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Tuesday, August 15, 2006

Panel backs expansion of drug tests in prisons


By Ian Urbina The New York Times
Published: August 13, 2006

PHILADELPHIA An influential panel of medical advisers has recommended that the U.S. government loosen regulations that severely limit the testing of pharmaceuticals on inmates, a practice that was all but stopped three decades ago after disclosures of abuse.

The proposed change includes provisions intended to prevent problems that plagued earlier programs. Nevertheless, it has dredged up a painful history of medical maltreatment and sparked debate among prison rights advocates and researchers about whether prisoners can make uncoerced decisions.

Supporters of such programs cite the possibility of benefit to prison populations and the potential for contributing to the greater good.

Until the early 1970s, about 90 percent of all pharmaceutical products were tested on inmates, federal officials say. But such research diminished sharply in 1974 after disclosures of abuse at places like Holmesburg Prison here, where inmates were paid hundreds of dollars a month to test items as varied as dandruff treatments and dioxin, and where they were exposed to radioactive, hallucinogenic and carcinogenic chemicals.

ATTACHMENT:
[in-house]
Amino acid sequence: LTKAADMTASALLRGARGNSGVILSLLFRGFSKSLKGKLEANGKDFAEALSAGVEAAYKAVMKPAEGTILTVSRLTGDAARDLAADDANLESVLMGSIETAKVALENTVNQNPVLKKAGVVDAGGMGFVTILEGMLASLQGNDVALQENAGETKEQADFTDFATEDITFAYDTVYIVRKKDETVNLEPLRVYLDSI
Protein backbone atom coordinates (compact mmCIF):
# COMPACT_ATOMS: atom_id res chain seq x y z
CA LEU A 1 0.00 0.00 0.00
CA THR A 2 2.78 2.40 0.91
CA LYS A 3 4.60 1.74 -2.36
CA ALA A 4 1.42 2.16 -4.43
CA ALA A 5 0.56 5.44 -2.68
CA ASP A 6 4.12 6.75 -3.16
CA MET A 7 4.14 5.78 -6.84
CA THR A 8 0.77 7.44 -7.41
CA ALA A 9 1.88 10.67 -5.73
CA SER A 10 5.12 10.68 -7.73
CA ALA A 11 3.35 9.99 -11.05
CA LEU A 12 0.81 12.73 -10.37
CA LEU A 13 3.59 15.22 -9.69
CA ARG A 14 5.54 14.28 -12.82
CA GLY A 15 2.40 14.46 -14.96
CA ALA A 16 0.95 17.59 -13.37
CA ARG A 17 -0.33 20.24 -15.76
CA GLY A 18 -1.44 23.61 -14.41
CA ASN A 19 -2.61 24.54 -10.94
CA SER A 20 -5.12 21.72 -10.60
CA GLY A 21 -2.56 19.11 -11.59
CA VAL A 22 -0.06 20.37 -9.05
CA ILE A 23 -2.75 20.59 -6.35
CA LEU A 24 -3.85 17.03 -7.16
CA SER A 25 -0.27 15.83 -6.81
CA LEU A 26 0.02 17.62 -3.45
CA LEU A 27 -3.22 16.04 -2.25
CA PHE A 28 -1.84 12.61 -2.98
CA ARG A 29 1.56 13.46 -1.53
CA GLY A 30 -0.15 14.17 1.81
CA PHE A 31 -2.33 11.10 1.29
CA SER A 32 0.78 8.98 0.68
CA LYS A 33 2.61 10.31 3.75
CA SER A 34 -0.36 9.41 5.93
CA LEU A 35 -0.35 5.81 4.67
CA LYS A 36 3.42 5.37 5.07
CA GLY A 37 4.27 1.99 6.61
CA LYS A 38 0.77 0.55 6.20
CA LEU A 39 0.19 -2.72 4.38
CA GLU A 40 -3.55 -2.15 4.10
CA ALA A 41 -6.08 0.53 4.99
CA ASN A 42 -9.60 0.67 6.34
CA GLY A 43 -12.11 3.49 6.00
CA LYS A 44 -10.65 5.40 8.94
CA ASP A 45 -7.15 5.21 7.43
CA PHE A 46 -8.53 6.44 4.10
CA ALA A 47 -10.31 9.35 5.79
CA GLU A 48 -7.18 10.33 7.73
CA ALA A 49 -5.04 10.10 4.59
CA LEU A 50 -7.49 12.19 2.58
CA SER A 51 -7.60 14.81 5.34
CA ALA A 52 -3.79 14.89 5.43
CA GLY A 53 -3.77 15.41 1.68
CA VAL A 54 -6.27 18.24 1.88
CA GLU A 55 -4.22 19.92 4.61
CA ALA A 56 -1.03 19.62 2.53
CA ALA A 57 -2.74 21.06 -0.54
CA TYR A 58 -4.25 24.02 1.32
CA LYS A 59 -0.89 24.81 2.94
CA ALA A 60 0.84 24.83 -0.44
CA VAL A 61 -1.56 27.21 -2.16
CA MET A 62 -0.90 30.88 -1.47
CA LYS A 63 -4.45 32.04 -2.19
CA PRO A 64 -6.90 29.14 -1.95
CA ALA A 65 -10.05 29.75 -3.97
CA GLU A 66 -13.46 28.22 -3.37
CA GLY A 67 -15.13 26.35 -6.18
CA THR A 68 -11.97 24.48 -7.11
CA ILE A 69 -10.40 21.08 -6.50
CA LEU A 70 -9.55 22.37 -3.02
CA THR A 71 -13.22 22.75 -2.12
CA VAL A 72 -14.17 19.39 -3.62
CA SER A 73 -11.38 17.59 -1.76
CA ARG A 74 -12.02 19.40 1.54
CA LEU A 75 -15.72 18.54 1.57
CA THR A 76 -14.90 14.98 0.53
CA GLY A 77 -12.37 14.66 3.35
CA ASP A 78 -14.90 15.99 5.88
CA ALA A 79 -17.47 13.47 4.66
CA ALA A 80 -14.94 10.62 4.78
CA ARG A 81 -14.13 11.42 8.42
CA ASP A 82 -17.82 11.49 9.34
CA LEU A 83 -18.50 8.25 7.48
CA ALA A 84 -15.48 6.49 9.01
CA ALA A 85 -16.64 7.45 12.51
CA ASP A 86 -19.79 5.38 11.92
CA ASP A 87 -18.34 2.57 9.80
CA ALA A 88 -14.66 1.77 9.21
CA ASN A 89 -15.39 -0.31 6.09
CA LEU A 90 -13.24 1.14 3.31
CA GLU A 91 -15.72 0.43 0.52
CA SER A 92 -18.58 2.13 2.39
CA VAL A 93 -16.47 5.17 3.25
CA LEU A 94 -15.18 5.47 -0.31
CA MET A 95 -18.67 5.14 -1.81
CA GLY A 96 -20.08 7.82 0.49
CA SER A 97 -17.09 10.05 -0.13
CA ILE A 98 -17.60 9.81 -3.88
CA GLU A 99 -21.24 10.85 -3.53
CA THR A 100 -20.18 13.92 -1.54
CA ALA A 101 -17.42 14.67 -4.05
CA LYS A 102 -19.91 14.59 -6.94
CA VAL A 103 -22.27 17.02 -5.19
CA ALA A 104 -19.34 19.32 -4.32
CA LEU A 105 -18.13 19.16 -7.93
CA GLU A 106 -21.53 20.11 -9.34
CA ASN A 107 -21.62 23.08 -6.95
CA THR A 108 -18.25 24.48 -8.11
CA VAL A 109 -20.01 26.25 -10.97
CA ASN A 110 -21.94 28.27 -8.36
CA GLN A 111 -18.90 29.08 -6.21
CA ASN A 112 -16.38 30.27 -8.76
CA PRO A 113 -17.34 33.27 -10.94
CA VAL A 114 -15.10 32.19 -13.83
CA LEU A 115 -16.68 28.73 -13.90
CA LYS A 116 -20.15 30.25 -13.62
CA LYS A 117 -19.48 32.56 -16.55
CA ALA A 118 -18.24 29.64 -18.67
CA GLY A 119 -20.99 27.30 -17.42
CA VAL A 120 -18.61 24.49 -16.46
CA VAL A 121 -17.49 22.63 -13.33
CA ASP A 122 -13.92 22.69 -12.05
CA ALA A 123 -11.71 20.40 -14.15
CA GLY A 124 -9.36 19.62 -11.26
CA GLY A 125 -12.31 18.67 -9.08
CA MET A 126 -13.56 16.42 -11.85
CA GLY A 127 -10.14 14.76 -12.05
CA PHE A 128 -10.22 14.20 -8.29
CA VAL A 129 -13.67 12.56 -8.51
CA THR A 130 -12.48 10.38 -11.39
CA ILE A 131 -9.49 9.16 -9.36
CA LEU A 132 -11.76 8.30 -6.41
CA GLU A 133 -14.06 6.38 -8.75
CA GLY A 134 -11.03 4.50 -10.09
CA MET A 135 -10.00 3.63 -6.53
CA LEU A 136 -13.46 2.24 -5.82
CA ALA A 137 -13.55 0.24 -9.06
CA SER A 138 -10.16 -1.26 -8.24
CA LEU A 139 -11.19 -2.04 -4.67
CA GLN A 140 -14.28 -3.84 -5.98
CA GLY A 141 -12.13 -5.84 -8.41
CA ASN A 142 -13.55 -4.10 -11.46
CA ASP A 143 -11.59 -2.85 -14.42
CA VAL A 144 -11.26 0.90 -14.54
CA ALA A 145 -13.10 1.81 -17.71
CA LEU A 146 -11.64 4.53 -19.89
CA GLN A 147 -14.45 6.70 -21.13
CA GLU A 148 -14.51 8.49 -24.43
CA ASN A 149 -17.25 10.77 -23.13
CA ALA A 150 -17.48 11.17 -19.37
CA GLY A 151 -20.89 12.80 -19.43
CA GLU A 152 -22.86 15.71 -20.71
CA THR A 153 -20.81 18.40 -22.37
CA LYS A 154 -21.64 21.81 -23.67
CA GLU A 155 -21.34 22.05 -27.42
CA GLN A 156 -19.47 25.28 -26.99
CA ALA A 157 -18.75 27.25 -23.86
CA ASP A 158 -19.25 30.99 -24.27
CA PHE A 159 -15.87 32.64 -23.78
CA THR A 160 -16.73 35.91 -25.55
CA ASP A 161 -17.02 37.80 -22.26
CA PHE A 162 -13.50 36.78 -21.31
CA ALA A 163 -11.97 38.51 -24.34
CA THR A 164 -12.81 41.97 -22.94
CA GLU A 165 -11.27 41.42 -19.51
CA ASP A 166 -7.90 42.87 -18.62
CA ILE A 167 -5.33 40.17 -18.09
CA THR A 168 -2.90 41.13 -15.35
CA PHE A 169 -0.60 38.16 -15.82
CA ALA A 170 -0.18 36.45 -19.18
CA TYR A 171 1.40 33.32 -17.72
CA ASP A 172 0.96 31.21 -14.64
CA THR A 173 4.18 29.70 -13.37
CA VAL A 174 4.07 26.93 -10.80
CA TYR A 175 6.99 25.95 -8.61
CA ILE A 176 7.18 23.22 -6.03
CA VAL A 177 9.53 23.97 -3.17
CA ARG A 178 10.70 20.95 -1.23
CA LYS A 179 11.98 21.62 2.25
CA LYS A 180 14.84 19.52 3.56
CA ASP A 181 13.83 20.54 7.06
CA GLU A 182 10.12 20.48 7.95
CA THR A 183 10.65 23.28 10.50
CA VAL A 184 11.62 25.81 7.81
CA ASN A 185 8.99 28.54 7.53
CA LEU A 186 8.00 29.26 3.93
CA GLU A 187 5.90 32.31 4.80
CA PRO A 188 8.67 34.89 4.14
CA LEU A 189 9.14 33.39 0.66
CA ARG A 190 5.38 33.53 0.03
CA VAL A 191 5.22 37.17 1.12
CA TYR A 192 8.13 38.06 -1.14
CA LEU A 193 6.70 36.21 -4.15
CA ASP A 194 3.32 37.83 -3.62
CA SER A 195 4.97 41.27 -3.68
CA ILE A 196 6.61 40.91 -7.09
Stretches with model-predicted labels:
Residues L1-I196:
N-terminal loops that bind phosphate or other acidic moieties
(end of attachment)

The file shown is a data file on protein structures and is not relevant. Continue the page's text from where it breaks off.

The regulations were also partly a reaction to the disclosure in 1972 of the Tuskegee Study of Untreated Syphilis in the Negro Male, which was begun in the 1930s and lasted 40 years. In it, several hundred men with syphilis in rural Alabama, most of them illiterate, were left untreated, even after a cure was discovered, so that researchers could study the disease.

"What happened at Holmesburg was just as gruesome as Tuskegee, but at Holmesburg it happened smack dab in the middle of a major city, not in some backwoods in Alabama," said Allen Hornblum, an urban studies professor at Temple University here who wrote "Acres of Skin" in 1998, a book detailing the Holmesburg research. "It just goes to show how prisons are truly distinct institutions where the walls don't just serve to keep inmates in, they also serve to keep public eyes out."